The 'second' tour we took was the Lower Cave tour
We met our ranger 'Mike' who had been doing tours there for 10 summers and was a second grade teacher, he was nice and very informative as a teacher would be. We were issued helmets and we installed the batteries we brought and tested them. The first part of the tour was to negotiate a flow stone formation down to a
platform and you can see Em styling on the rope here:
Then down to a 50' series of ladders that lead down to the lower area. It's not as bad as you think. It's a lot like climbing a swimming pool ladder, wet and slippery but with good handles.
Then we head into the lower area with Mike. They have a strict path marked off with orange tape so you can tell where it's ok to walk. They also have red and white tape showing areas of particular sensitivity or fragility. We step lightly single file through this undeveloped area and it is amazing to see.
The delicacy of the formations really came out in this area and had the cozy feeling Sonora gave me. Mike was full of interesting information and was a pleasure to follow around. We sat down in a small area and did a black out (all lights off) and sat there quietly listening to the ringing in my ears, nice. We were 800+ feet down and nary a sound was heard way back in this small dead end. Towards the end of the tour we were allowed to crawl through one of the crawlspaces if we so chose and of course I did cuz I'm an adrenaline junky. It wasn't too bad actually, not tight at all, would be willing to do much more when we go back.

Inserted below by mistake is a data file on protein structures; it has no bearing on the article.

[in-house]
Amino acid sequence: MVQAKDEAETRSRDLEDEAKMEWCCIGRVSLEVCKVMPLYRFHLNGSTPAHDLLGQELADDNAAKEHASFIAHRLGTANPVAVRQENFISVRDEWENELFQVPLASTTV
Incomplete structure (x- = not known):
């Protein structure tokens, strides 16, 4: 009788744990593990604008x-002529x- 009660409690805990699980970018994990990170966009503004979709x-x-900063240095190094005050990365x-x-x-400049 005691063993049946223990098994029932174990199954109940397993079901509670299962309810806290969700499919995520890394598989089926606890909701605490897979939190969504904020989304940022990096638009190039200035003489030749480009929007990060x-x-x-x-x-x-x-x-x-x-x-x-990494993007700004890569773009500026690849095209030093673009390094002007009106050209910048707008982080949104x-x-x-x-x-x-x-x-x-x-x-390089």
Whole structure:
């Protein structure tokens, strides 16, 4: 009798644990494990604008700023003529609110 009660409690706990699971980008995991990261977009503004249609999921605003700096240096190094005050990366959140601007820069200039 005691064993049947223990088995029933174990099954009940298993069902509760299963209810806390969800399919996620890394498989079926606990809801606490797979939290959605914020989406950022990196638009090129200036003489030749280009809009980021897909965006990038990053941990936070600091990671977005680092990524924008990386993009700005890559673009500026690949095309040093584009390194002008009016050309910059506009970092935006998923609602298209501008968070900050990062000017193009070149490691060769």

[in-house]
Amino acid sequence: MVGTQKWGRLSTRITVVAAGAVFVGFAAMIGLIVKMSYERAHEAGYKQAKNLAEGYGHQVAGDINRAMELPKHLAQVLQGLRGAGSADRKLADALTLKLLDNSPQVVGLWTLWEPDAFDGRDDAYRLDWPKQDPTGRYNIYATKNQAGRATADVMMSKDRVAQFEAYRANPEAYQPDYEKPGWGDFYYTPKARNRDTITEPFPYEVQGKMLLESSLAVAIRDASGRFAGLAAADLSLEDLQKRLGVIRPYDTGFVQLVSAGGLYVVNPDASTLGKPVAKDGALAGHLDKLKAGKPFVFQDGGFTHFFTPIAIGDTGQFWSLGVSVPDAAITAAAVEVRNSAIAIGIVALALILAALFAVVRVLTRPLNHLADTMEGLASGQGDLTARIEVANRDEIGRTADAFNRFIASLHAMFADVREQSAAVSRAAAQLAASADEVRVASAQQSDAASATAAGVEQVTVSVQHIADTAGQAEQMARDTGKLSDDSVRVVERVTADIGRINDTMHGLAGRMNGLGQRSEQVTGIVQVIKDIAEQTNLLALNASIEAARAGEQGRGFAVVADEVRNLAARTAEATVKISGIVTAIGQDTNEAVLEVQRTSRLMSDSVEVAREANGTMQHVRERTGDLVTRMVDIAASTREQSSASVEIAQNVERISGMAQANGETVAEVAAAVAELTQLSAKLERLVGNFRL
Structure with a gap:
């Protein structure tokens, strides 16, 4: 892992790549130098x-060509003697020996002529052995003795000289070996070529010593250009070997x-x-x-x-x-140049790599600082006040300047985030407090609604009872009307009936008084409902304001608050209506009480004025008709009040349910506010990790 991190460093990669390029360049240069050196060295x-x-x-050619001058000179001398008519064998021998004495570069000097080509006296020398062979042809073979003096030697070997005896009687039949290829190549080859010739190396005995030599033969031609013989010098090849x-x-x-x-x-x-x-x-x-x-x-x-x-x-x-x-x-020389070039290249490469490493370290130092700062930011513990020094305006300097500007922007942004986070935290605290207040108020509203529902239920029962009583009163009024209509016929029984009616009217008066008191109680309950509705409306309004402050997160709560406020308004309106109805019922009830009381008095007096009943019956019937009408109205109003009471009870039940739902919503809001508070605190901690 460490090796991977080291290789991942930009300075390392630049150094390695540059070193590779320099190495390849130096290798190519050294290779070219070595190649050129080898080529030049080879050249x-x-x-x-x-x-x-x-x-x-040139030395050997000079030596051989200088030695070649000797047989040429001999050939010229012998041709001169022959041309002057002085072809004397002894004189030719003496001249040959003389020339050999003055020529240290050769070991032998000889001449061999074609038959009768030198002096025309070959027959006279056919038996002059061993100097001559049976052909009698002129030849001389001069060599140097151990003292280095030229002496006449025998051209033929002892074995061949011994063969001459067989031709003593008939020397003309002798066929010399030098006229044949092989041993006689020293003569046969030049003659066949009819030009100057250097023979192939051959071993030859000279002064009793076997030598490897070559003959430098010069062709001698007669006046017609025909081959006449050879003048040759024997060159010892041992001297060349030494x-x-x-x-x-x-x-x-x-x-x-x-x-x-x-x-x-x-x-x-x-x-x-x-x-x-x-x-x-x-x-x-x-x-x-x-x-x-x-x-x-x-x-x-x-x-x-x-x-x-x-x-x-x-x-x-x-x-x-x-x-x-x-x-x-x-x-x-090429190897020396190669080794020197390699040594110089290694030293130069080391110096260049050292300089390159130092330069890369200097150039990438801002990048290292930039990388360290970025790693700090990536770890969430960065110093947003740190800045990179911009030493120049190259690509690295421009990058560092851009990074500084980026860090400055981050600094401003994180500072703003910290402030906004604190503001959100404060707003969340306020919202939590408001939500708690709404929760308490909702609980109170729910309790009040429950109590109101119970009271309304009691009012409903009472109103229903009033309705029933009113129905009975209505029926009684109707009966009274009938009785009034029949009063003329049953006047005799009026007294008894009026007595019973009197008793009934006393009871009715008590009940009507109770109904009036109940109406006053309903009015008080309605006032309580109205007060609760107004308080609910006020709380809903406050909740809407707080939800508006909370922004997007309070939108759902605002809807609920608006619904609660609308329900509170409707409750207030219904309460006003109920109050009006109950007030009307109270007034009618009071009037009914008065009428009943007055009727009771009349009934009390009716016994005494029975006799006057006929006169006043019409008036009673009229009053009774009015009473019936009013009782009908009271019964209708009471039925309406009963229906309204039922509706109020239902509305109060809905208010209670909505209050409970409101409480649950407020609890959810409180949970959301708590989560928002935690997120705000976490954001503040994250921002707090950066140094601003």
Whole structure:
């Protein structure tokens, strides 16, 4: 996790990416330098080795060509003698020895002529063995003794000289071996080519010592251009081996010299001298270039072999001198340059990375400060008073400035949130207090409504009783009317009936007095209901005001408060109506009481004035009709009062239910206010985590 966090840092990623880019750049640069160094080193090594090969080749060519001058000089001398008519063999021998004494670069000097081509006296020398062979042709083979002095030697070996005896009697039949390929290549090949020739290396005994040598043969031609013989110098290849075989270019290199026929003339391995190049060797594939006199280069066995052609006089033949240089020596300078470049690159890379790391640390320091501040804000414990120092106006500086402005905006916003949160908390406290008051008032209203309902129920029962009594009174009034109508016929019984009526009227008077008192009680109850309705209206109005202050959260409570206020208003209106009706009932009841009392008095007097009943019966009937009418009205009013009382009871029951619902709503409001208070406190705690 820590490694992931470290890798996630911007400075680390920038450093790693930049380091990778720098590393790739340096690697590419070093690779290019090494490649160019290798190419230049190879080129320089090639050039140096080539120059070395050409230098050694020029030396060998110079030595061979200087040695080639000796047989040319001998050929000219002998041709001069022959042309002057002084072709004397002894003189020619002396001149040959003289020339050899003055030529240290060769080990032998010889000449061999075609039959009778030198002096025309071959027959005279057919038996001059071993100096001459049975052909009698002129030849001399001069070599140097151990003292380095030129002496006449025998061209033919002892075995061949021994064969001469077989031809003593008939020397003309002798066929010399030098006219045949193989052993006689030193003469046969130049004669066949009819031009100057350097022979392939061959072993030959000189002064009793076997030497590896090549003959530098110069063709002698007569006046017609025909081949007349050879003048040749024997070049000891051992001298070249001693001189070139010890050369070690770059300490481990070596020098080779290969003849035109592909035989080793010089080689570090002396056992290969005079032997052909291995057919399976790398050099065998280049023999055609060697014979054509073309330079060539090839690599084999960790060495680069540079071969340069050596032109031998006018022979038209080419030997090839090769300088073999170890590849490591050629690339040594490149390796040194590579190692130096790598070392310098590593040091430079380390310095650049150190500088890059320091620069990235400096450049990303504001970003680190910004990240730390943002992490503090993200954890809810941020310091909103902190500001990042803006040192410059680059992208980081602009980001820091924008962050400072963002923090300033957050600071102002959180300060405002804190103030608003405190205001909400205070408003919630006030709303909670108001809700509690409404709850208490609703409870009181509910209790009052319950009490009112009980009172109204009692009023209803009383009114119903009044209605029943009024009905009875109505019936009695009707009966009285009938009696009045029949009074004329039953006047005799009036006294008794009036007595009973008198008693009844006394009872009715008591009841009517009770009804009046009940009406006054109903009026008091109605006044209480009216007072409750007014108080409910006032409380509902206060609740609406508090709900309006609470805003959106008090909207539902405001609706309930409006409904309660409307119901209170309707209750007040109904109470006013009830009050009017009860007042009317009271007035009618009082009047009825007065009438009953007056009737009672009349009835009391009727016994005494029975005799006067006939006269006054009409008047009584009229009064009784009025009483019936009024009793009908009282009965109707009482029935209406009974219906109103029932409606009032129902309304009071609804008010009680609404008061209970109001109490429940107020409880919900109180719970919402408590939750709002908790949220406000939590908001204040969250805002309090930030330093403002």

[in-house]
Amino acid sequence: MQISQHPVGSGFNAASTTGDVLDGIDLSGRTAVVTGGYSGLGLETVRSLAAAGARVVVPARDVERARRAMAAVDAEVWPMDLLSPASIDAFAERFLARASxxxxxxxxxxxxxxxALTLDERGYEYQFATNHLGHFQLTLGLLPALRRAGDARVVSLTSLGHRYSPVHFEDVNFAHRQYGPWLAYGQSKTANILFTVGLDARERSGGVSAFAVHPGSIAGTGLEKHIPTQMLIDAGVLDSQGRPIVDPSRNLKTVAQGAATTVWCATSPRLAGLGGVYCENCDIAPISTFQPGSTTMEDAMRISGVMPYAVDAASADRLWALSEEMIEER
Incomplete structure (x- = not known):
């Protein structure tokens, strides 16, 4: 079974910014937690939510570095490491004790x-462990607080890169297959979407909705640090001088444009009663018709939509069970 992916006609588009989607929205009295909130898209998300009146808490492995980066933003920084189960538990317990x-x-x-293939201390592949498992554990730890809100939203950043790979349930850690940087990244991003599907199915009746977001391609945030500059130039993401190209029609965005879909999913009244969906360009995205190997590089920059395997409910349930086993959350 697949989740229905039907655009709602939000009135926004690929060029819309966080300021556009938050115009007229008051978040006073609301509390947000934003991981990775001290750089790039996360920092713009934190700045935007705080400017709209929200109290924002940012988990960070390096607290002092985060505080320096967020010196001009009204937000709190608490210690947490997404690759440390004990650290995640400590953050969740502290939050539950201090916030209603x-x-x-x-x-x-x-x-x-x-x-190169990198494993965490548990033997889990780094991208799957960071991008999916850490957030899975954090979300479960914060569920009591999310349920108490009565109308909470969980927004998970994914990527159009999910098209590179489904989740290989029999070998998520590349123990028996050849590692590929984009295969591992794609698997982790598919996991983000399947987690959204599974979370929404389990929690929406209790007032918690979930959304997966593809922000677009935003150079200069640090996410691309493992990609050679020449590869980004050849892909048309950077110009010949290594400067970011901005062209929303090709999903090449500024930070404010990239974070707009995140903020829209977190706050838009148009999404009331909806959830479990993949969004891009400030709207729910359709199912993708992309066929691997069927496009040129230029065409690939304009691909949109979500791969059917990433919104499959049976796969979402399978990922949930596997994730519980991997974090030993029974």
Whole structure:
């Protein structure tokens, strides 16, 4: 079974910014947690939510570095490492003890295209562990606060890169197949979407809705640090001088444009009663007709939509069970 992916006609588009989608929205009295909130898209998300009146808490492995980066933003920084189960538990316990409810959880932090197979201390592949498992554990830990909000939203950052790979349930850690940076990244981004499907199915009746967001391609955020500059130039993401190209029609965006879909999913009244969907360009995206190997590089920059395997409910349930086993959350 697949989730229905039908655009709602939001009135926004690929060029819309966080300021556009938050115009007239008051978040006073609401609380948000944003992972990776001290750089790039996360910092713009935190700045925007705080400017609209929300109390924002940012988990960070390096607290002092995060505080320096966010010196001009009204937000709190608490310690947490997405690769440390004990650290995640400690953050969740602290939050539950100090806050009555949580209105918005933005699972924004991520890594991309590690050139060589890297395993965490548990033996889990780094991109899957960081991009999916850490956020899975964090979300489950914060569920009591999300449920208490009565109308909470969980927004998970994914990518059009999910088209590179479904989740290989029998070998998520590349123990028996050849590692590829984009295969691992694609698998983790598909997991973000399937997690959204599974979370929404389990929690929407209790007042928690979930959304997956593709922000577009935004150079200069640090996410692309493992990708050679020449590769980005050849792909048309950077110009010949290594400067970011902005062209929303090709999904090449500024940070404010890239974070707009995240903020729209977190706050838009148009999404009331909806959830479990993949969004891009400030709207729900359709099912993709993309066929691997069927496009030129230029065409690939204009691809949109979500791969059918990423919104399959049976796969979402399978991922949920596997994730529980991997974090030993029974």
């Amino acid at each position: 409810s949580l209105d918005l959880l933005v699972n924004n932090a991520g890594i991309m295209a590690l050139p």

(Will he see his shadow?)
After that we made our way out to the regular path
again. We returned our helmets and thanked Mike for a most excellent tour.
The last tour we did was the Great Room self tour. It was more cavey goodness. Huge pillars and delicate straws in huge rooms. Large multiple guardians stood in repose proudly wearing their age in wrinkles, ripples and above all, size. The larger formations are not necessarily the oldest but do show a very long term deposit.
Here are some good shots:
We had seen something few see and felt enriched somehow seeing another piece of our world that you could not imagine but exists if you seek it out. Sometimes the well worn path too can affect one's life and make a difference.
Myself? I came away being reminded that I am a speck in a long timeline I've no control over and once more have no real clue what's going on anyway. My mind can't possibly comprehend what a rock already knows to be true. Then again, I can always get up and leave for some pancakes if I want to. So nyah nyah.
We left Carlsbad feeling good, tired, and hungry. We made Roswell by 8pm and checked in the Best Western got some food, came back and went to sleep. Whew. Day 2 was awesome!
Good bye for now, I have to go mess with the pictures from Day3 already.
Thanks for stopping by,
Jim of Jimly